Marco Pasqua is a speaker, writer, and entrepreneur. He sits down to talk with us about founding the CUBE Principle in Vancouver, BC., and his journey from having a concept to creation and explore challenges and lessons along the way.
Tell us about your business (i.e. Mentoring, the CUBE Principle).
Essentially what I do is help businesses, institutions, and individuals understand how to utilize the strengths of the people in their social networks, the people that they actually know (not necessarily through the internet) to overcome a goal or a challenge to elevate themselves to get where they want to go in life. I customize my approach to every event to deliver the message that my client wants.
How did you go about understanding the potential and market for your business idea? Which were/are your most useful market research tools?
The first step I took was researching whether there were mentors, such as The Wheelchair Mentor, or programs like SEEDS, Self Employment & Entrepreneur Development Society, that could guide me and give me advice on being a professional speaker and what I would need to do to determine what my competition was. A lot of the things that I learned were through trial and error and for me doing a SWOT analysis was probably one of the best ways to determine who was in my market and what I was going to do to elevate my brand.
What are the most valuable lessons you have learned throughout this process?
I learned that an in-depth business plan is very important. My business plan was a 65-page document that included all the accounting needs, my understanding of the market, and how to listen to it so that I could adapt according to what the market was telling me. Adaptability is key to finding partnerships and people that are strong in your network. And being able to put something down and trust someone to handle an aspect of things is important. This delegation can help you advance and help you see more clients or sell more product, if that’s your goal. It is important not to stay stubborn in your business. Remember that you're not tailoring it for you, you’re tailoring it for your customer base.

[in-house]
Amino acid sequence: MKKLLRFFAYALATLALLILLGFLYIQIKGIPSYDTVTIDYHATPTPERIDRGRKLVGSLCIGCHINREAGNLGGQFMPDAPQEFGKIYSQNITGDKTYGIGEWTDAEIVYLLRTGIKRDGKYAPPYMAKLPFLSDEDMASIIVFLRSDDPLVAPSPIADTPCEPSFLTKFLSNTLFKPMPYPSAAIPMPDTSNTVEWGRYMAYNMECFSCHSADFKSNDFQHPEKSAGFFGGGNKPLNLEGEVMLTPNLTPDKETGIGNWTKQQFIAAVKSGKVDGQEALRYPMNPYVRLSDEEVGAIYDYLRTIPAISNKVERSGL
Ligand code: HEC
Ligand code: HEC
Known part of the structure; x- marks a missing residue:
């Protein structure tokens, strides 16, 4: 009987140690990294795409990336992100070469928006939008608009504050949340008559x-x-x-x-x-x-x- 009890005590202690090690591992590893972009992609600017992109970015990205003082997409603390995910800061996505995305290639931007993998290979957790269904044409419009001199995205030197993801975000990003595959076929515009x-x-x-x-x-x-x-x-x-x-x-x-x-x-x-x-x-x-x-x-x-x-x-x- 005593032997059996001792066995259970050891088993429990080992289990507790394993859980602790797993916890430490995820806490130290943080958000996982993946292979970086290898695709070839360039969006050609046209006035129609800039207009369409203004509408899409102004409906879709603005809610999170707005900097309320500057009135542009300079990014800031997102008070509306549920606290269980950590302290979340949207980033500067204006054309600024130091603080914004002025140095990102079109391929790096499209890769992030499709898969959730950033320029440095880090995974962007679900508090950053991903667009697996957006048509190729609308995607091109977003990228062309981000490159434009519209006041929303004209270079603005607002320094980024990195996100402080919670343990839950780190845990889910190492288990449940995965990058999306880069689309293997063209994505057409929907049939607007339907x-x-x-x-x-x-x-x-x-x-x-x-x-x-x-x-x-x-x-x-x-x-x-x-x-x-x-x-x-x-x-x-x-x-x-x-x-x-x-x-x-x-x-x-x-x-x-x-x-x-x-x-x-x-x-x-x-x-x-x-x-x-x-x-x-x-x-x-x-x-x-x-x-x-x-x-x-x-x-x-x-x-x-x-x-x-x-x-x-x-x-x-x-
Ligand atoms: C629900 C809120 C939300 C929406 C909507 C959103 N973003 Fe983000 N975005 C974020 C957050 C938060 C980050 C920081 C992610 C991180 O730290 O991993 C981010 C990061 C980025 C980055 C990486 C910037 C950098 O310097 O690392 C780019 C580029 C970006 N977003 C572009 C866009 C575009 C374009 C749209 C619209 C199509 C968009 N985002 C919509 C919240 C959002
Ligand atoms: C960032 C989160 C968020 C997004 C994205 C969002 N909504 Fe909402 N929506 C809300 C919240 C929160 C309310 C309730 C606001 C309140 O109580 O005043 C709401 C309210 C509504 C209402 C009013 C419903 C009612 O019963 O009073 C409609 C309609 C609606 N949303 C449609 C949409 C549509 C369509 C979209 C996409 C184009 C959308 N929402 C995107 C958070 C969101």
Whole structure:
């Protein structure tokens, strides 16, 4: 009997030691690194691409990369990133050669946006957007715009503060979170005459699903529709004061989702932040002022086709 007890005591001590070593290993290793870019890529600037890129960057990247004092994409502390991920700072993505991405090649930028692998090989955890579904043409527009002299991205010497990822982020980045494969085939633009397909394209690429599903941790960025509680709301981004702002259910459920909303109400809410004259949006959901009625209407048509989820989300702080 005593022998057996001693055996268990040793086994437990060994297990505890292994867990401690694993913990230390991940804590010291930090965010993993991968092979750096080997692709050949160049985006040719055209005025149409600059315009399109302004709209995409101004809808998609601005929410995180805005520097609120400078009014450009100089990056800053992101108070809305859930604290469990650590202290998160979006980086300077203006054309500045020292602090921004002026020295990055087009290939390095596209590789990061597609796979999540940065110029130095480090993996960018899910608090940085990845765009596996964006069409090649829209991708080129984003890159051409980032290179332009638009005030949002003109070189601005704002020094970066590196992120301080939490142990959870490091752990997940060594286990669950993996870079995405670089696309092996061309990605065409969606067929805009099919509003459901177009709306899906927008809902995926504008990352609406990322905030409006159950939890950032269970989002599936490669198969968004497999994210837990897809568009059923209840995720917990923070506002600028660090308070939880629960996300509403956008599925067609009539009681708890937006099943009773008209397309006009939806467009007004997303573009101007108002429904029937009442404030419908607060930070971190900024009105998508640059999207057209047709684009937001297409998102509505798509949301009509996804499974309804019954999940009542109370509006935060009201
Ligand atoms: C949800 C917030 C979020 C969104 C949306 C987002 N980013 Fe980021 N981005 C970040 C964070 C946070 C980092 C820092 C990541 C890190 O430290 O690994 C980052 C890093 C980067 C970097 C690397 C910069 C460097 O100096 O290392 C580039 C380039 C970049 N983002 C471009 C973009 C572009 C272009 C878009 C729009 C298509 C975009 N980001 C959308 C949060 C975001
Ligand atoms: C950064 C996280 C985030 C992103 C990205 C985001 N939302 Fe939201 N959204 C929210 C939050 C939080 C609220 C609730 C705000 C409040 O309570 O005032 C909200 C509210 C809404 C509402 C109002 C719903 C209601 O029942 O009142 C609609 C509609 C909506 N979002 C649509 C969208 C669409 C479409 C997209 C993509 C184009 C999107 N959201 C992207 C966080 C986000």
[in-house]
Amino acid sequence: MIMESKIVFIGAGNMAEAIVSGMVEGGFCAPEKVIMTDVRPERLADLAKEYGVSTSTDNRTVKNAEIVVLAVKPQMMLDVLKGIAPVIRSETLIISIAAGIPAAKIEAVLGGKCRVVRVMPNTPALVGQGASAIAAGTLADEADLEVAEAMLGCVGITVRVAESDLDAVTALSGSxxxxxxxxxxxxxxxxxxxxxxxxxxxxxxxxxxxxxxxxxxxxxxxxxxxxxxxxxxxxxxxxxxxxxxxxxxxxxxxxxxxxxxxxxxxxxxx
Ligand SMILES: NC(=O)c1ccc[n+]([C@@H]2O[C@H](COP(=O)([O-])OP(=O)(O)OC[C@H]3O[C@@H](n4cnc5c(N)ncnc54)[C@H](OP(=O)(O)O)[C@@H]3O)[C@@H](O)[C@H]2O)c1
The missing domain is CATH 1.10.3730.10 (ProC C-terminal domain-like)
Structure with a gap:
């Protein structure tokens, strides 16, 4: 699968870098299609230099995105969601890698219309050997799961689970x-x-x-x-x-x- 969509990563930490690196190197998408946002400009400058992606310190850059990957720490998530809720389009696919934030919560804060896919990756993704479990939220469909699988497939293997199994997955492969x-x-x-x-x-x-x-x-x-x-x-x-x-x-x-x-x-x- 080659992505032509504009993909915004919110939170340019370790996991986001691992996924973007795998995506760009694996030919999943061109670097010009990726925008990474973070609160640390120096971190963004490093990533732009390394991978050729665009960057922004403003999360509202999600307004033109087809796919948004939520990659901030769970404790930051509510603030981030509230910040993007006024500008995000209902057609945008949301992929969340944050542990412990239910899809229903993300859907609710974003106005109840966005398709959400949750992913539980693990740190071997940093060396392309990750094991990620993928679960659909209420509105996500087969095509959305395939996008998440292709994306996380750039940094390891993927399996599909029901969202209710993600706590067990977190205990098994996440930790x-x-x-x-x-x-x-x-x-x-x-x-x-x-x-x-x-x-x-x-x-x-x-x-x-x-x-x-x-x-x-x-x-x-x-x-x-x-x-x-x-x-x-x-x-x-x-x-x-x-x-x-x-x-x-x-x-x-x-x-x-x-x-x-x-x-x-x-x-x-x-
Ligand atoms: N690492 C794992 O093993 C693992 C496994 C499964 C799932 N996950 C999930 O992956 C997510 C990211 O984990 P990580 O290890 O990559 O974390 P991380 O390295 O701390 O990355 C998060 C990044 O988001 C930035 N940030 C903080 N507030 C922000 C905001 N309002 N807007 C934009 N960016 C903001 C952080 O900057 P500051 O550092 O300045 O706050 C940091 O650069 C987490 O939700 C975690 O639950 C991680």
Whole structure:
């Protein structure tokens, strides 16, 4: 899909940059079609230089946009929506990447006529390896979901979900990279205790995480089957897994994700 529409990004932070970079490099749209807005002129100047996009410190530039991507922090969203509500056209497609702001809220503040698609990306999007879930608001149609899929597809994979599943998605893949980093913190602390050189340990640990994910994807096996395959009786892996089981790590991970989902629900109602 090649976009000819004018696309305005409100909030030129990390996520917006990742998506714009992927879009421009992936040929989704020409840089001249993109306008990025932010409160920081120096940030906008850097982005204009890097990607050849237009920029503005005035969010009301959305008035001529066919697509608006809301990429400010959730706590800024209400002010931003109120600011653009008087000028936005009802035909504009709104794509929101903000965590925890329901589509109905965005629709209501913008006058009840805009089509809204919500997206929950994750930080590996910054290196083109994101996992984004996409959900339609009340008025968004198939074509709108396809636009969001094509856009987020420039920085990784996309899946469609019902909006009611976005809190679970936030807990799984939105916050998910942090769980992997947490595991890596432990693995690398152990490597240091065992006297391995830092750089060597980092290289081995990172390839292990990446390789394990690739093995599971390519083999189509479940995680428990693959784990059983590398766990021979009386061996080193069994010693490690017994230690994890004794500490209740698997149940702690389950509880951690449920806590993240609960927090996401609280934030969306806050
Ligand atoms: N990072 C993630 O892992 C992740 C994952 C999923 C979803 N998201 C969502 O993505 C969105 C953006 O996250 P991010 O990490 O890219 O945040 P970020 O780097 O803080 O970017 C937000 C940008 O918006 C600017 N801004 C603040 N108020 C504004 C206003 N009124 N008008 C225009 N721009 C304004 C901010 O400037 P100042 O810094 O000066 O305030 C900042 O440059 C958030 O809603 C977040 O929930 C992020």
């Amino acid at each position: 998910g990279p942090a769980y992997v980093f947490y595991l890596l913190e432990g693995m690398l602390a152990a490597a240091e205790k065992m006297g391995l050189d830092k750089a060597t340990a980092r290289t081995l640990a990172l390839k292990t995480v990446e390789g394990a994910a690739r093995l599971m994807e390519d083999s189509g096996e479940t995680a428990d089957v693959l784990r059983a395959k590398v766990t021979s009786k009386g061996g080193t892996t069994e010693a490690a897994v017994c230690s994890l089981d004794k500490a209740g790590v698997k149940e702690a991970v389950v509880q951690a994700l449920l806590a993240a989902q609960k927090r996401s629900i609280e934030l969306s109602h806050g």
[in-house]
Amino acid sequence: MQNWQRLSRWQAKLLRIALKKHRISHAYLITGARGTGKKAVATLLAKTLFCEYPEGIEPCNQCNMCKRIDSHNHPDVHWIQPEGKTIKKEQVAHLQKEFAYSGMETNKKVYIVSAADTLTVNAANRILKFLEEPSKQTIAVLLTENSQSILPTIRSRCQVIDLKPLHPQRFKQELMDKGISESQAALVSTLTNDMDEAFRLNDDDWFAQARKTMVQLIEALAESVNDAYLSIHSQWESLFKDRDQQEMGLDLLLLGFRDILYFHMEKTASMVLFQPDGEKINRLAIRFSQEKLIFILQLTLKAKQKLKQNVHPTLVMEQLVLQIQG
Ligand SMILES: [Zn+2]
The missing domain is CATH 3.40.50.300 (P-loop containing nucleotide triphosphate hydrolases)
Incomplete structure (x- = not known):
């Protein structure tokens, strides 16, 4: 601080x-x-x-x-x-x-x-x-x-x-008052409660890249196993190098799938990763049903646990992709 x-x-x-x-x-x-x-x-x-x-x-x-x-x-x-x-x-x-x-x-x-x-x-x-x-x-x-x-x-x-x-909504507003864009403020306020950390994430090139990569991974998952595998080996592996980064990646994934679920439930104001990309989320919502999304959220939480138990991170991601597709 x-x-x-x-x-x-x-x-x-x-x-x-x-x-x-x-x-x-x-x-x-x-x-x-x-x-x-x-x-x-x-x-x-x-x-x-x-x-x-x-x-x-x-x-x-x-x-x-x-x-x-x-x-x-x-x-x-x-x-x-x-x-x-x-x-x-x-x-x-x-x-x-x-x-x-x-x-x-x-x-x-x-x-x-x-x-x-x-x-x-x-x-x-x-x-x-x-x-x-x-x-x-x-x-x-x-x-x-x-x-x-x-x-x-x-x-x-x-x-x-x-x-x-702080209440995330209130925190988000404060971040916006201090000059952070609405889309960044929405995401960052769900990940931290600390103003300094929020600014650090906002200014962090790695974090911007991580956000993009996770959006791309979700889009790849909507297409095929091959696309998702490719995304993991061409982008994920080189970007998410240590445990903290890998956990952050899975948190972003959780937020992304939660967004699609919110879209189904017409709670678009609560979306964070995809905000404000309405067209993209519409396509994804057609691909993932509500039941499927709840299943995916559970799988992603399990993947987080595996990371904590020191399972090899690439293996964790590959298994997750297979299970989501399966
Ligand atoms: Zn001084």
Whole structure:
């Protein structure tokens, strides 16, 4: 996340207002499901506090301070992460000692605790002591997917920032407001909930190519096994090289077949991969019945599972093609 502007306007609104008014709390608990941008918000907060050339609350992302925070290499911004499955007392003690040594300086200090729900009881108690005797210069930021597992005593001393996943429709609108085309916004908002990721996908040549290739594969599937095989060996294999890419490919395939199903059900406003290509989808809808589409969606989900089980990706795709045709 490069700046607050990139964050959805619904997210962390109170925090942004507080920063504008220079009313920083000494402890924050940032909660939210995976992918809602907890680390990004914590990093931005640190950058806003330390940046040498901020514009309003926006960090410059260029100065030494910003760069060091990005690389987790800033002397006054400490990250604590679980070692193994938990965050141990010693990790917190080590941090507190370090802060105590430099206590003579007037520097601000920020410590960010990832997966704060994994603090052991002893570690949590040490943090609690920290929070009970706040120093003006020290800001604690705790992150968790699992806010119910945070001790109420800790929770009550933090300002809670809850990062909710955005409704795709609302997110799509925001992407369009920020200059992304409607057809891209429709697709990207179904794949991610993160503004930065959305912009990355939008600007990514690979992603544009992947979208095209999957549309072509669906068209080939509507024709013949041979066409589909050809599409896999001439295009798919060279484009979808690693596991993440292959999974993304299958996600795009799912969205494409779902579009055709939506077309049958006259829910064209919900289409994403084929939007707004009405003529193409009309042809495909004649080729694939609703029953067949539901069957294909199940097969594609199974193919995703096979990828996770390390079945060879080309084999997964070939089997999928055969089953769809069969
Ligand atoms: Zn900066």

Could you walk us through the stages of the start-up process?
I went out and surveyed people that I thought would be the demographics of my market and would be most likely utilizing my services on three topics that I could be potentially speaking on. Getting this insight allowed me to focus in on what people were saying were the most important. It was vital in my early stages to get the expertise of people that have already carved a path. I asked people out for a coffee to pick their brains. If you tell them that you appreciate what they do and you approach them as more of a mentor, they’re more likely to say yes to a one-off or two-off meeting. It was important to learn from my mistakes to avoid repeating mistakes that should be easy to overcome.
Is there a resource you wish you would have known about before you launched your business? If so, what did you find most effective?
It is important to know how to do a speaker’s contract. A tip that The Wheelchair Mentor gave me was not to undersell my value as a person. He told me to invoice an organization that I gifted my services to the amount that they would have paid if they had been charged for my services. Maintaining this perceived value allows current and future clients to know the value of my services.
Do you have any advice for people starting out in your line of work?
Find those key people in your social circle that can really help you to elevate where you want to go. Go to meet up groups that are for hobbies or interests of yours, things that you do in your extracurricular time, and you would be surprised at the number of people that could turn into clients because you’re connecting on more of a personal, authentic level. Find a unique and creative way to offer your services but you can do it in such a way that the people will see the value based on the interactions with you as a person.
What does the future hold for your business?
I enjoy radio, TV work, podcasts, and the personal engagement and connection involved in one-on-one mentorship. I love the feeling that I get when I know that I have helped someone who’s personally struggling with something to overcome a particular challenge. It’s understanding that you have to plant many seeds and not just put your eggs in one basket. Know that as long as you’re utilizing your strengths in different capacities, you’re always creating new opportunities that you can interconnect people with. That’s honestly what the CUBE Principle is all about.
To learn more about Marco Pasqua and his CUBE Principle visit www.marcopasqua.com
Read the full interview:
- Full Interview With Marco Pasqua! The CUBE Principle: The Startup Process, & Advice To Other Entrepreneurs